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LRA captive breastfeeds 4 rescued babies

By Vision Reporter

Added 25th January 2009 03:00 AM

WITH a baby in one hand and a gun in the other, one-year-old Anek’s father was shot dead as he fired at the UPDF, leaving the infant with a bullet in the leg.

WITH a baby in one hand and a gun in the other, one-year-old Anek’s father was shot dead as he fired at the UPDF, leaving the infant with a bullet in the leg.

By Cyprian Musoke

WITH a baby in one hand and a gun in the other, one-year-old Anek’s father was shot dead as he fired at the UPDF, leaving the infant with a bullet in the leg.

The army yesterday said Anek was rescued after his father, lieutenant Okello Patak and nine other rebels were killed in an exchange of fire with the LRA insurgents during Operation lightning thunder.

Anek is one of four babies who were shown to journalists yesterday at the Chieftaincy of military intelligence (CMI) offices in Kitante, Kampala after their rescue during the ongoing operation to flush out Joseph Kony’s rebels from the Garamba jungles in the DR Congo.

Anek, together with three other babies, is being breastfed by her 21-year-old step-mother Jackie Apio, who looks as helpless as the babies.

Apio is the biological mother of one-year-old Aciro. “Because of  the circumstances, I have to breastfeed the four of them. Their parents fled during the bombardment of Kony’s camp Swahili,” she told journalists yesterday.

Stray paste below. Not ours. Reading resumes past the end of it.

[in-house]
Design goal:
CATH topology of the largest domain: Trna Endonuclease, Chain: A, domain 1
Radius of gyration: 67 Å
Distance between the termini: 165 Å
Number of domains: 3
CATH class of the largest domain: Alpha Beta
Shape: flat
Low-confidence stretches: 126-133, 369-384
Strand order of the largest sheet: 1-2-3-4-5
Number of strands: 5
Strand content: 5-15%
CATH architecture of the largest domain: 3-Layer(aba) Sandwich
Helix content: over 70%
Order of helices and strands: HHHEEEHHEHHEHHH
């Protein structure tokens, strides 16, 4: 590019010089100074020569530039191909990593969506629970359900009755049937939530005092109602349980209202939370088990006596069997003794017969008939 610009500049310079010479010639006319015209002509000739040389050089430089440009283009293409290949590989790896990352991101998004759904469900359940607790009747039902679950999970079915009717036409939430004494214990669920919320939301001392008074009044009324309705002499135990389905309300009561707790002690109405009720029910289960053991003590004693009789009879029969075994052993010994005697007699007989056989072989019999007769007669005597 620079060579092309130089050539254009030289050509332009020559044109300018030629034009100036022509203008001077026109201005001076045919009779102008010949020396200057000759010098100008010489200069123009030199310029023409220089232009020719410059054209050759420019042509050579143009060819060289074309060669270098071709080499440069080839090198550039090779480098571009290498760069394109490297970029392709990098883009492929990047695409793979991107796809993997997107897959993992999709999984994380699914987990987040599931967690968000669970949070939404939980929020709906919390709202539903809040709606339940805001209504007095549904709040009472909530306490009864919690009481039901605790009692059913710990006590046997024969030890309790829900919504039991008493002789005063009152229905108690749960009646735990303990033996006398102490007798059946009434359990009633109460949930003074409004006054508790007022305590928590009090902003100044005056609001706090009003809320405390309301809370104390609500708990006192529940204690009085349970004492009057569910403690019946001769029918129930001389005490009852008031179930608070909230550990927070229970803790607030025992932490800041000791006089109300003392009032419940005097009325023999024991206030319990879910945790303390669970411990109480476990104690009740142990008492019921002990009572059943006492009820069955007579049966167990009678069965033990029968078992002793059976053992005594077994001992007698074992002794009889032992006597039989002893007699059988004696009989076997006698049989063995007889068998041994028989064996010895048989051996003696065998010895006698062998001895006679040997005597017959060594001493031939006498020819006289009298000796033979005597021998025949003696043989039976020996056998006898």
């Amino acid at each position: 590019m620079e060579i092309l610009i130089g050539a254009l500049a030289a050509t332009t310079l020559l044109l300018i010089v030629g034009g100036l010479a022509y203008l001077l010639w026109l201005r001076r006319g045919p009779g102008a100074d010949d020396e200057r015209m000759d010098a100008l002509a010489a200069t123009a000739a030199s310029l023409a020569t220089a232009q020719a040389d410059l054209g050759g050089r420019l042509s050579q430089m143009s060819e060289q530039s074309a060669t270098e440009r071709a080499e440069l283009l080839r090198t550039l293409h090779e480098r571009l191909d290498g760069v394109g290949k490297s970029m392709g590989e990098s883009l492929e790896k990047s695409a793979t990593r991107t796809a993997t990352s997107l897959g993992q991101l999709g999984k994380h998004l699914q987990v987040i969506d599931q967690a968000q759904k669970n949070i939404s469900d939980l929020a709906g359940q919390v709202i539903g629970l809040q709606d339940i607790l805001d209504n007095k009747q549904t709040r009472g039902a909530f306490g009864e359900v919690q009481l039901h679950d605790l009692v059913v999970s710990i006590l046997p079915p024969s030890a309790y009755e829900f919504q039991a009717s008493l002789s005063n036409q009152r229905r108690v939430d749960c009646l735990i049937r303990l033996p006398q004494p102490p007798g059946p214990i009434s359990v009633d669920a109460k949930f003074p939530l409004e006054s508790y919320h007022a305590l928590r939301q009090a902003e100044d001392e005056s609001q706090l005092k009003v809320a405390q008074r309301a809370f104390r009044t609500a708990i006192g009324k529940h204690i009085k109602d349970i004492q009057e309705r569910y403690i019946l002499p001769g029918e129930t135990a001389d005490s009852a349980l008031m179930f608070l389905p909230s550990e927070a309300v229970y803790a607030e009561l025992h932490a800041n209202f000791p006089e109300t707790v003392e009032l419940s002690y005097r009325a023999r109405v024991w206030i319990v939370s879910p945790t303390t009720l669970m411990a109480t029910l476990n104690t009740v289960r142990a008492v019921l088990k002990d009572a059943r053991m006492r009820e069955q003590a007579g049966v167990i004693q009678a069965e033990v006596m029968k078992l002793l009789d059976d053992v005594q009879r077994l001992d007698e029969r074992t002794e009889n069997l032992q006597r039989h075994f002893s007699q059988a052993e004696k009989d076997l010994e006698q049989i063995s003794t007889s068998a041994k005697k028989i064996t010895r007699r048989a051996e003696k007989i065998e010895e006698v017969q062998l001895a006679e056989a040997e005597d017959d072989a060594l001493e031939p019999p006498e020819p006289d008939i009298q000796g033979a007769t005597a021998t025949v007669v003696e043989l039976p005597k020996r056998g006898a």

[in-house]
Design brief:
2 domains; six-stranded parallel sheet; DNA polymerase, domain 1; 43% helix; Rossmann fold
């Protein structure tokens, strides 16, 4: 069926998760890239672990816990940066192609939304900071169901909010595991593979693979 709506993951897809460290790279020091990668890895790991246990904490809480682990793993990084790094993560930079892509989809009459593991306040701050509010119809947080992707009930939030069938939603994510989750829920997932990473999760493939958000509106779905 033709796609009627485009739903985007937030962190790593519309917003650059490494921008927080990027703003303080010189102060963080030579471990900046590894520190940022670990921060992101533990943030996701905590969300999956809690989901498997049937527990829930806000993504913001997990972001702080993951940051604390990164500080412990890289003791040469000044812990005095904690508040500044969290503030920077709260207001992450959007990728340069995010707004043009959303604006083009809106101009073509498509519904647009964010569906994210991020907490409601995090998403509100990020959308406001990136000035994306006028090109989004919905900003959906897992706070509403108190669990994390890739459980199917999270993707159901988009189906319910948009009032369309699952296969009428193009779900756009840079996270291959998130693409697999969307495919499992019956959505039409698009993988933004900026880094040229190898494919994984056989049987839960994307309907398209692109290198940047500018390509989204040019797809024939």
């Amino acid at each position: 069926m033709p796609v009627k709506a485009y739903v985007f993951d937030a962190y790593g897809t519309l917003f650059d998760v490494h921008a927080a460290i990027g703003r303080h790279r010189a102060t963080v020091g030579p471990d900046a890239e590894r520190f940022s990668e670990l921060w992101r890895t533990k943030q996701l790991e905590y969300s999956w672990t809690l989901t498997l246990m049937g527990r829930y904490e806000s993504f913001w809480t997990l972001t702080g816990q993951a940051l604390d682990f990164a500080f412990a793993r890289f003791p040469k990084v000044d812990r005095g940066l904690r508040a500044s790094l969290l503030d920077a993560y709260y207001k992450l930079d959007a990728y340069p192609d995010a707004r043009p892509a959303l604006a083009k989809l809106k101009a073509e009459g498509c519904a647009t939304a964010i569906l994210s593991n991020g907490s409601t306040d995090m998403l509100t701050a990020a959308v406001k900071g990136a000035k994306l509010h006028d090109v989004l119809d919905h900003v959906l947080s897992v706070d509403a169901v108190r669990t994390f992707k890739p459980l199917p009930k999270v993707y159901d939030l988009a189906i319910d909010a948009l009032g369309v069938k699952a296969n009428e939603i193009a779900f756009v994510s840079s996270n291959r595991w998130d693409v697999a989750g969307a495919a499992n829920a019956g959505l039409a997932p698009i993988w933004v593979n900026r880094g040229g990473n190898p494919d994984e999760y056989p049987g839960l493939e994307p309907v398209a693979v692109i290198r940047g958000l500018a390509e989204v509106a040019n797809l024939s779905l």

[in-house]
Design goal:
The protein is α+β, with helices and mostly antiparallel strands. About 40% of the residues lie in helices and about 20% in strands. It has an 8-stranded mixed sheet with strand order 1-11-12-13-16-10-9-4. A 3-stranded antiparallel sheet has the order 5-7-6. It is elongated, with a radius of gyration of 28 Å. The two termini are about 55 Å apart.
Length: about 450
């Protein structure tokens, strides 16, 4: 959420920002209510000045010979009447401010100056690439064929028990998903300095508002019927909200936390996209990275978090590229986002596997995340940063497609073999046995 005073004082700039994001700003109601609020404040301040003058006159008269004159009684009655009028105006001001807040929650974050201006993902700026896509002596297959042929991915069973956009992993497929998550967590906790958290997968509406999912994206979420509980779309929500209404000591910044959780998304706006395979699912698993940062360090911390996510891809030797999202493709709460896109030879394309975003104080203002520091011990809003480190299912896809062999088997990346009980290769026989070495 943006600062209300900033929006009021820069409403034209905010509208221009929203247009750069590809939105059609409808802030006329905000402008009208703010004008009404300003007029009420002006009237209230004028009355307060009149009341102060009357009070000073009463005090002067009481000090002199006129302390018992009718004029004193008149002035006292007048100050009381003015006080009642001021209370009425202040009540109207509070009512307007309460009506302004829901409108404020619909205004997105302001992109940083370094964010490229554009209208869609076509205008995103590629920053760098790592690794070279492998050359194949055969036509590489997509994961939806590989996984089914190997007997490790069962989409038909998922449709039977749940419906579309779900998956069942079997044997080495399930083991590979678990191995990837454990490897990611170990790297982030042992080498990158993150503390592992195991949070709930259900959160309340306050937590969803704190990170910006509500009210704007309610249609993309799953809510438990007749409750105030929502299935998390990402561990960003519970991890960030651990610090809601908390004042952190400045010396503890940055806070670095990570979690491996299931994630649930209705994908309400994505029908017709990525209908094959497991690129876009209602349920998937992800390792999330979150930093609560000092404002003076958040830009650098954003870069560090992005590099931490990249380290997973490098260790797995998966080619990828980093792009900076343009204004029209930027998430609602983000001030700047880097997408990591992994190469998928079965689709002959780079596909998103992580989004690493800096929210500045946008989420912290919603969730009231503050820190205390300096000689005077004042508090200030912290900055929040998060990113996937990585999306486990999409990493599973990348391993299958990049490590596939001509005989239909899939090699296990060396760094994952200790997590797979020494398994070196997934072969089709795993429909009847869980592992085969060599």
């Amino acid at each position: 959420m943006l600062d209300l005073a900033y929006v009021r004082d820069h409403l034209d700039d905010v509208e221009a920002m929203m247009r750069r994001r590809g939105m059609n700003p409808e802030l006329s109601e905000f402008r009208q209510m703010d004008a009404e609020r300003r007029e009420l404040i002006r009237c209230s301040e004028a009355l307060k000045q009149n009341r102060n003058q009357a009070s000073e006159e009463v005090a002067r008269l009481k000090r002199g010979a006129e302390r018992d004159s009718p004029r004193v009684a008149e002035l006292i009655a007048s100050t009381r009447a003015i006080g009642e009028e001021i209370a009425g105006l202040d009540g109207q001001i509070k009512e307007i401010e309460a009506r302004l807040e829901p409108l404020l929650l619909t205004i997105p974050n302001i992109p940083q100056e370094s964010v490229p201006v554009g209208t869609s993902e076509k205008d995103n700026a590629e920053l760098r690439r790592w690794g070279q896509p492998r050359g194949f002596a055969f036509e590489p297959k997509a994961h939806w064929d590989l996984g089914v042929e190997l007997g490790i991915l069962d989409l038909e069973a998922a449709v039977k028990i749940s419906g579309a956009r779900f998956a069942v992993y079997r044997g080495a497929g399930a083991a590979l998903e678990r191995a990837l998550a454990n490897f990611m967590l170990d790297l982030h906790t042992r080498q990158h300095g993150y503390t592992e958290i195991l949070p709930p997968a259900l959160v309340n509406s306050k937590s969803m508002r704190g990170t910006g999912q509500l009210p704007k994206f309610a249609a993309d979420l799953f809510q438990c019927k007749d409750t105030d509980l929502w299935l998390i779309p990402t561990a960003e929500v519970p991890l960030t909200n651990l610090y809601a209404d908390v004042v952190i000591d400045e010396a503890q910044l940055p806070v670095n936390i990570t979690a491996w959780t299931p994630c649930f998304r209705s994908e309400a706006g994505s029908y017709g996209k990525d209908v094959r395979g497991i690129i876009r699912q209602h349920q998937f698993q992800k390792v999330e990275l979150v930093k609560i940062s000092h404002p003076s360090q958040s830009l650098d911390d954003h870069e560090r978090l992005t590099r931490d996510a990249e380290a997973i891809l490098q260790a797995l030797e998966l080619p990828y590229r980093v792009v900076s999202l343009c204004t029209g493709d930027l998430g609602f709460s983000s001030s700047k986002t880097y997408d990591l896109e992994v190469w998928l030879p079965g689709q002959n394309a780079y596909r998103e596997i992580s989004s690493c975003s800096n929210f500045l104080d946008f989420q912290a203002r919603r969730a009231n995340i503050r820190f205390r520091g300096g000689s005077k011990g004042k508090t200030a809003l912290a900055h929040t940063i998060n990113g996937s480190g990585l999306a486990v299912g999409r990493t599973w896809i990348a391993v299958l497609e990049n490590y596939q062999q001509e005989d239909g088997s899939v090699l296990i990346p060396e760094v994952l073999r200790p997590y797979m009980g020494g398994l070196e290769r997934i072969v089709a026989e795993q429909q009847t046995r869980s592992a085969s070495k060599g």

Apio was abducted in 2002 by the Gilba brigade, and was made to marry Okello while in the bush.
CMI boss Brig. James Mugira, who addressed the press briefing together with army spokesman Felix Kulayigye, said: “One of our mission was to rescue women, children and the abducted. We have started.”

He put the number of rescued people who have been flown out of Congo at 18.

The joint military operation that brings together the UPDF, the Sudanese Peoples Defence Army (SPLA) and the Congolese army FARDC, was launched on December 14 to rout out the Lord’s Resistance Army from Garamba.

Also paraded were two sergeants, Peter Okot and James Onen, who surrendered to the joint forces after the attack on camp Swahili.

“After the attack on Garamba, we all ran away. We later decided to come back and surrender to the UPDF. We have fought for many years and gained nothing, so we started looking for a way out,” Okot said.

Mugira said most rescued civilians were Congolese abducted by Kony. They were handed over to the Congolese authorities.

He said Ugandan abductees fear to hand themselves over to the Congolese authorities, fearing that the Congolese civilians would kill them for the LRA atrocities committed against the population.

Okot, the son of John Oling, was abducted in 1997 from Owiyi-nyima in Gulu district. He was 11 years old and was trained in Southern Sudan until his group crossed to Congo in 2006.

Onen was abducted in 1995 by Onen Kamdulu’s group in Lugore and was later taken to Tabuley in Southern Sudan for training before crossing into the DR Congo.

“I am now 25 years old. I was abducted when I was 12 years. The attack on Camp Swahili gave us an opportunity to come back home,” Onen said.

Kulayigye said the two men would be given amnesty and asked whether they want to be absorbed into the UPDF, go back to school or join civilian life after discussing their fate.

The babies are to be taken to charity homes, as the army works together with humanitarian agencies to trace their relatives, Kulayigye explained.

LRA captive breastfeeds 4 rescued babies

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